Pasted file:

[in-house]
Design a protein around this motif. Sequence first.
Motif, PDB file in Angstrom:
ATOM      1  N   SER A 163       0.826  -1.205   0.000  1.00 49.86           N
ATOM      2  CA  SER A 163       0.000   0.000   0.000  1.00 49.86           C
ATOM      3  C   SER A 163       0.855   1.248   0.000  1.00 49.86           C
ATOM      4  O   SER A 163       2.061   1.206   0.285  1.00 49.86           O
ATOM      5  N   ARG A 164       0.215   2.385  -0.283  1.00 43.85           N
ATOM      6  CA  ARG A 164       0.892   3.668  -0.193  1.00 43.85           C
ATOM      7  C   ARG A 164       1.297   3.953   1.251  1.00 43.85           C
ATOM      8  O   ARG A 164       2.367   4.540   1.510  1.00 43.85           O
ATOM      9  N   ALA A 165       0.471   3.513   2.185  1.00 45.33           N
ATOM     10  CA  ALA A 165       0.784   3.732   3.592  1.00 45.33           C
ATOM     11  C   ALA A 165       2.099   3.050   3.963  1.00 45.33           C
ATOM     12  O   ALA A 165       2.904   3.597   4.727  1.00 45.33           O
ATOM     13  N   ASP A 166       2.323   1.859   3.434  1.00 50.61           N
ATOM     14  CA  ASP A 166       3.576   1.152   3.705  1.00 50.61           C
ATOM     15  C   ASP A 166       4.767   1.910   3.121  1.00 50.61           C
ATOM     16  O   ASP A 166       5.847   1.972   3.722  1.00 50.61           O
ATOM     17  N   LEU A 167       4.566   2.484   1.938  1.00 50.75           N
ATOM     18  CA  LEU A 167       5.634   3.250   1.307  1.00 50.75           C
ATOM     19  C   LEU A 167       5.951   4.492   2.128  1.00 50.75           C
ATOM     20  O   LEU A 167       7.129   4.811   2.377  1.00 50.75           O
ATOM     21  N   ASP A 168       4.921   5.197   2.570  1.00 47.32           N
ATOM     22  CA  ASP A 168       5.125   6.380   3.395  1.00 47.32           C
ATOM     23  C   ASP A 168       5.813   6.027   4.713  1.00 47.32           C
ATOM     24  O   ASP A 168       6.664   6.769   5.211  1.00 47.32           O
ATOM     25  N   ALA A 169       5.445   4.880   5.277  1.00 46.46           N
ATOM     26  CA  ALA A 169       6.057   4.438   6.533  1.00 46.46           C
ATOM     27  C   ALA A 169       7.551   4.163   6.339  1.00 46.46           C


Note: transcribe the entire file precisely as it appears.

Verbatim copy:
[in-house]
Design a protein around this motif. Sequence first.
Motif, PDB file in Angstrom:
ATOM      1  N   SER A 163       0.826  -1.205   0.000  1.00 49.86           N
ATOM      2  CA  SER A 163       0.000   0.000   0.000  1.00 49.86           C
ATOM      3  C   SER A 163       0.855   1.248   0.000  1.00 49.86           C
ATOM      4  O   SER A 163       2.061   1.206   0.285  1.00 49.86           O
ATOM      5  N   ARG A 164       0.215   2.385  -0.283  1.00 43.85           N
ATOM      6  CA  ARG A 164       0.892   3.668  -0.193  1.00 43.85           C
ATOM      7  C   ARG A 164       1.297   3.953   1.251  1.00 43.85           C
ATOM      8  O   ARG A 164       2.367   4.540   1.510  1.00 43.85           O
ATOM      9  N   ALA A 165       0.471   3.513   2.185  1.00 45.33           N
ATOM     10  CA  ALA A 165       0.784   3.732   3.592  1.00 45.33           C
ATOM     11  C   ALA A 165       2.099   3.050   3.963  1.00 45.33           C
ATOM     12  O   ALA A 165       2.904   3.597   4.727  1.00 45.33           O
ATOM     13  N   ASP A 166       2.323   1.859   3.434  1.00 50.61           N
ATOM     14  CA  ASP A 166       3.576   1.152   3.705  1.00 50.61           C
ATOM     15  C   ASP A 166       4.767   1.910   3.121  1.00 50.61           C
ATOM     16  O   ASP A 166       5.847   1.972   3.722  1.00 50.61           O
ATOM     17  N   LEU A 167       4.566   2.484   1.938  1.00 50.75           N
ATOM     18  CA  LEU A 167       5.634   3.250   1.307  1.00 50.75           C
ATOM     19  C   LEU A 167       5.951   4.492   2.128  1.00 50.75           C
ATOM     20  O   LEU A 167       7.129   4.811   2.377  1.00 50.75           O
ATOM     21  N   ASP A 168       4.921   5.197   2.570  1.00 47.32           N
ATOM     22  CA  ASP A 168       5.125   6.380   3.395  1.00 47.32           C
ATOM     23  C   ASP A 168       5.813   6.027   4.713  1.00 47.32           C
ATOM     24  O   ASP A 168       6.664   6.769   5.211  1.00 47.32           O
ATOM     25  N   ALA A 169       5.445   4.880   5.277  1.00 46.46           N
ATOM     26  CA  ALA A 169       6.057   4.438   6.533  1.00 46.46           C
ATOM     27  C   ALA A 169       7.551   4.163   6.339  1.00 46.46           C